"Do it again."
And we did. We did it again and again. Bouncing between the emotional response of fear and joy... Laughing. Laughing together the whole time at the fun of life. This is what we do, isn't it? That is life, isn't it? Does it ever really change? Do we ever not know fear? And even as we grow old and face greater suffering (and yes, even death) are we not rewarded and armed with joy, laughter and love that is ever equal to it? Do we not, even in the face of the worst suffering that life throws at us... Do we not always say, "Do it again?"
There is a bigger picture of all this. There is a greater Father and Son story that can be seen here. There is a Father who is in Heaven who brings us life and love and joy, and yes, in this world of His, there is also fear and there is also death. And if we are wise, even when faced with the most difficult suffering, we still laugh and we love and we do it all over again. Because the joy is worth it. The laughter is worth it. The love is worth it.
Sometimes, we loose our way. The fear comes upon us and it squeezes out the joy and we find it hard to laugh. Our Father who is in Heaven knows this about us so he did something two thousand years ago that we should all never forget. He put his only Son into this world of laughter, joy, suffering and pain. He allowed his only Son to experience all that is life in this world. The exhilaration of love and joy and also the suffering of death. And what joy his Son was given! A personal relationship with a father who was God Almighty... And what suffering he knew... Torture and crucifixion at the hands of his fellow man. And yet, in the end, life, and joy and love overcome even that pain. Life and love and joy trump even death. For that Son rose up even from death itself and was rewarded with eternal joy, eternal life, and eternal love... He rose up to do it all again. Forever.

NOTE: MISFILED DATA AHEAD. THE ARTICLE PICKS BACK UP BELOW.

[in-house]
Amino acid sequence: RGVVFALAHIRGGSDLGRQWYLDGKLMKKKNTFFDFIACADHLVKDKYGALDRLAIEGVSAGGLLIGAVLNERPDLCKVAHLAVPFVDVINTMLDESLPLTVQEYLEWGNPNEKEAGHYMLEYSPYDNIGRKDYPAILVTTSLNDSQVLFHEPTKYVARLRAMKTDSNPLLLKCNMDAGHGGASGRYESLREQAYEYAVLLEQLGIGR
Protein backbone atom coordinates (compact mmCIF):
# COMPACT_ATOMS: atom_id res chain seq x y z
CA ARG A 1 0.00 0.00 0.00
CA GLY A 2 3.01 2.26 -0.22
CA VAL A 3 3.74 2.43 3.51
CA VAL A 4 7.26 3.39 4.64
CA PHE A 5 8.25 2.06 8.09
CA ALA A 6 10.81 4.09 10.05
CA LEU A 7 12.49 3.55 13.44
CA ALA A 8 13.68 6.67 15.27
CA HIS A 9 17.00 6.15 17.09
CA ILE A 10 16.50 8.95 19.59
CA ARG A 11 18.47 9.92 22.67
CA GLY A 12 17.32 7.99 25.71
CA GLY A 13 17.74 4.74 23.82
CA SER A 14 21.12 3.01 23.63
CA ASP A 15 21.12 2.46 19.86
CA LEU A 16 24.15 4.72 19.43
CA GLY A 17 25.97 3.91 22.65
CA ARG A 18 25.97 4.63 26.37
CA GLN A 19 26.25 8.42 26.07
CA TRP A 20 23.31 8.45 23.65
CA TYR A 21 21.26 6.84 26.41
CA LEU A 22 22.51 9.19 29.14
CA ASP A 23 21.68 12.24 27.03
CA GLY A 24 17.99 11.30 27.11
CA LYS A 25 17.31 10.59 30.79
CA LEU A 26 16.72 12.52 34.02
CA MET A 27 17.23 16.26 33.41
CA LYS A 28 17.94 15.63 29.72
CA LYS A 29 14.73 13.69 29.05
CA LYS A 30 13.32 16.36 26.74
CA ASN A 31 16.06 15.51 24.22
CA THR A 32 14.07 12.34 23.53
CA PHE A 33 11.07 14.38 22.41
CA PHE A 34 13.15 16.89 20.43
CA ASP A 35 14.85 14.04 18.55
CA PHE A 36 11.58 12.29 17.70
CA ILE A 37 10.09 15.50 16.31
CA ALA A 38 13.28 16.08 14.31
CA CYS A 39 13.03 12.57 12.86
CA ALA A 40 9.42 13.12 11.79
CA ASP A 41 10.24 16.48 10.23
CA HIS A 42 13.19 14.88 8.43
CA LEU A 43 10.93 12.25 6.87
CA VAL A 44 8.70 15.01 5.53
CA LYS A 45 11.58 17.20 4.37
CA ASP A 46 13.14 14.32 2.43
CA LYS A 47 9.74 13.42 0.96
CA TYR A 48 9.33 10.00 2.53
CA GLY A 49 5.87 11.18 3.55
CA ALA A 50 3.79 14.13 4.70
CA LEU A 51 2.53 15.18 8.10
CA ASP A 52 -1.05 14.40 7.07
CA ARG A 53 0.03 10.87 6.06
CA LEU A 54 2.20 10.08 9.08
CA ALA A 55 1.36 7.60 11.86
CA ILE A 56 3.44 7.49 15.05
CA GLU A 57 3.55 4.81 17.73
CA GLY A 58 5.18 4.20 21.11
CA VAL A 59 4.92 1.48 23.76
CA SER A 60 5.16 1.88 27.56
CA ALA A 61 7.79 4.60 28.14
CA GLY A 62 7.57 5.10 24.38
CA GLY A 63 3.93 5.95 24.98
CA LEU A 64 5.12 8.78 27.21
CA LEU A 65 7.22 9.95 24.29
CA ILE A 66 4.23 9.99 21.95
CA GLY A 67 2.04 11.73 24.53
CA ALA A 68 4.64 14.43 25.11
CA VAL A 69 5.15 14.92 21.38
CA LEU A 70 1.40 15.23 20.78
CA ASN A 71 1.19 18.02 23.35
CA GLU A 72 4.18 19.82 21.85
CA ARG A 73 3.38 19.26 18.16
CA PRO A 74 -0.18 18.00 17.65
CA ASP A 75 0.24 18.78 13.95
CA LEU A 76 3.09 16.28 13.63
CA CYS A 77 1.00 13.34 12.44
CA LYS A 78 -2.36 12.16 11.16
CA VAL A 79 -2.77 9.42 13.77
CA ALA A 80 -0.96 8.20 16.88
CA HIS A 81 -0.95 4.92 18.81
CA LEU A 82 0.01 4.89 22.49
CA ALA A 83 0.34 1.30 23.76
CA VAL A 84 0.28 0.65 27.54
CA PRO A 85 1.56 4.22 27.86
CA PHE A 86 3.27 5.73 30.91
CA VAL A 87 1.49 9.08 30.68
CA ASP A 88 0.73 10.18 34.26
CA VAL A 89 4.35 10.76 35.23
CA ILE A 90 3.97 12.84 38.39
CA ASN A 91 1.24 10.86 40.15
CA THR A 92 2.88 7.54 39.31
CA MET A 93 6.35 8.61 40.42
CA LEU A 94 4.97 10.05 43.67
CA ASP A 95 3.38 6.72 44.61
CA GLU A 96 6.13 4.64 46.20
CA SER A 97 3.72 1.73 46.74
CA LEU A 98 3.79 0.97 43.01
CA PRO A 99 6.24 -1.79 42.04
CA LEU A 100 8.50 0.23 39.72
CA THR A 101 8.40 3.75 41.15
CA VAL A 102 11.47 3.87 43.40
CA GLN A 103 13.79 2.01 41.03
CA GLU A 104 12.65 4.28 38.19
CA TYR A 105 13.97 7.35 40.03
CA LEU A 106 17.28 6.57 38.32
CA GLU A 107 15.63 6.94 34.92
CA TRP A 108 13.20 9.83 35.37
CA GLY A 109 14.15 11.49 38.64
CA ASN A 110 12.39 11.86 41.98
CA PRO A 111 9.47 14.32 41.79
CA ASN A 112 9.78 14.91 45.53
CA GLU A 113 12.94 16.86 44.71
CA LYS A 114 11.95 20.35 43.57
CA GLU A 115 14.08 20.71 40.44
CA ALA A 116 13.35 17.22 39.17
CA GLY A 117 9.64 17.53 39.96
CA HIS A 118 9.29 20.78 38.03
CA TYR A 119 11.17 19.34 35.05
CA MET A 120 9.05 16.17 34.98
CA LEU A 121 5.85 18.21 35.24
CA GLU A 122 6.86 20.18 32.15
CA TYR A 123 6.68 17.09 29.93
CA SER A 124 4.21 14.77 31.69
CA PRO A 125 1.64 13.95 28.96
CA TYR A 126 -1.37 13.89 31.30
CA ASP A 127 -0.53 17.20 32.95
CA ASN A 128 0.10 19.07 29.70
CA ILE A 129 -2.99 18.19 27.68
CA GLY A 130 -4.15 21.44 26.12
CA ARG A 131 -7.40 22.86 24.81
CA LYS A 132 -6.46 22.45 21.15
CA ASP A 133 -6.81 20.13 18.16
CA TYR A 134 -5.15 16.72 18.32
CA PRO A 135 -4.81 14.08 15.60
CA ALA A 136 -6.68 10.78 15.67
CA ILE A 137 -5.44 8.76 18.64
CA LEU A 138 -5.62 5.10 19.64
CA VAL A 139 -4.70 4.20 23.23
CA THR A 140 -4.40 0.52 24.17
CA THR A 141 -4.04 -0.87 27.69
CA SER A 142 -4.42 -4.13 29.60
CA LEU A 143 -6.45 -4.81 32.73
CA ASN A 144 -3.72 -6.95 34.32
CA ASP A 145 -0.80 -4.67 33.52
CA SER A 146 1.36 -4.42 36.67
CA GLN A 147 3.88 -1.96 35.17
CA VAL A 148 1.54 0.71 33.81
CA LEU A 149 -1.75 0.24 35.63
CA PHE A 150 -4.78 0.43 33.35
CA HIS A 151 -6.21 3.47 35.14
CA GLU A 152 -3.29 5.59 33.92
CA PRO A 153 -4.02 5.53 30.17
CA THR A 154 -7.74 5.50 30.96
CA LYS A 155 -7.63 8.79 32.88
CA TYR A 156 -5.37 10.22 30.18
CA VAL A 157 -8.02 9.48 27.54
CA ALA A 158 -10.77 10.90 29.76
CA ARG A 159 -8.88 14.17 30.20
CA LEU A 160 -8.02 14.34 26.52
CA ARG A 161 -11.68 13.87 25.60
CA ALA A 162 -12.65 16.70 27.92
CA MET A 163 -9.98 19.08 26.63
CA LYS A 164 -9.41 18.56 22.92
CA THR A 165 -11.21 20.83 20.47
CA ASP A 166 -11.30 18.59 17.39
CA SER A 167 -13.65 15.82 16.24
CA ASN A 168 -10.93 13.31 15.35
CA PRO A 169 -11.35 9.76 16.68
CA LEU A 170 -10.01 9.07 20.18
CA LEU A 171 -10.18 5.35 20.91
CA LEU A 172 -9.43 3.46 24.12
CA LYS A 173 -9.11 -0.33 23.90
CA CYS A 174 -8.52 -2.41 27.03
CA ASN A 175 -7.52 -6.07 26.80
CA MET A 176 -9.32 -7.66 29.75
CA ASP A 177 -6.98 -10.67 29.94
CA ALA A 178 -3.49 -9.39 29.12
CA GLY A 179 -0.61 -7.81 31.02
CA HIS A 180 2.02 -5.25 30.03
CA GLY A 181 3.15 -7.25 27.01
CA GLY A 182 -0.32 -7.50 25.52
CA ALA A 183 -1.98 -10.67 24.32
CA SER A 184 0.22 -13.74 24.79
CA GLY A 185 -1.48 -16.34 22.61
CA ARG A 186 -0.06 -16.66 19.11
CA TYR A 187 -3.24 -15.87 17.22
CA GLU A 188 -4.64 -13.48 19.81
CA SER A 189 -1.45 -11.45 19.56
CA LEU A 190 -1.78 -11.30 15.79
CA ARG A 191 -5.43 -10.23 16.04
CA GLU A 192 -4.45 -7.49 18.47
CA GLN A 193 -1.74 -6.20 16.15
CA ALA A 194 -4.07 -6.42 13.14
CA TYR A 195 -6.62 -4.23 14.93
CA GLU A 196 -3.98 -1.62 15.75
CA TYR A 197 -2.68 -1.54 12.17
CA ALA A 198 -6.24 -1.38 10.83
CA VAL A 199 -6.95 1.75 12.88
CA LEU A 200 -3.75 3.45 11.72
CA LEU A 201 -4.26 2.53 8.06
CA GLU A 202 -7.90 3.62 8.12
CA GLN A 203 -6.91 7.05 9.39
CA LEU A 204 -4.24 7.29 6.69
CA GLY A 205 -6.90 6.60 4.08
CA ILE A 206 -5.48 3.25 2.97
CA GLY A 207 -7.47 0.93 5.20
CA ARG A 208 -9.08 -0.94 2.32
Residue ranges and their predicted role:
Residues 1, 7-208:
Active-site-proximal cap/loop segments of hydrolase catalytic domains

"...To do it again... Forever."
This story is hard for some to believe. I confess, that there have been times in my life that it has been hard for me to believe it too... But even at my worst moments, when doubt and confusion reigned, I have only ever doubted the facts of the story, I have never, ever, doubted "The Truths" revealed by the story. I have never doubted that life and love and joy are stronger than death. I have never doubted that God is life. God is Love and God is Joy. I hope that none of you will ever doubt that, because I believe that that faith is all that we really have. That such faith is what sustains us in times like these, times when we endure loss, and pain and death. Faith will help us when we have to do something like this again...
When we come together to do this again.
I love all of you very much. I am grateful to all of you who have come here today to remember my beloved father who is gone from this world, and gone into the next. And I am grateful that we have had this time together to remember and reflect upon our shared Father who is the Creator and Sovereign of this world...
And of the Next.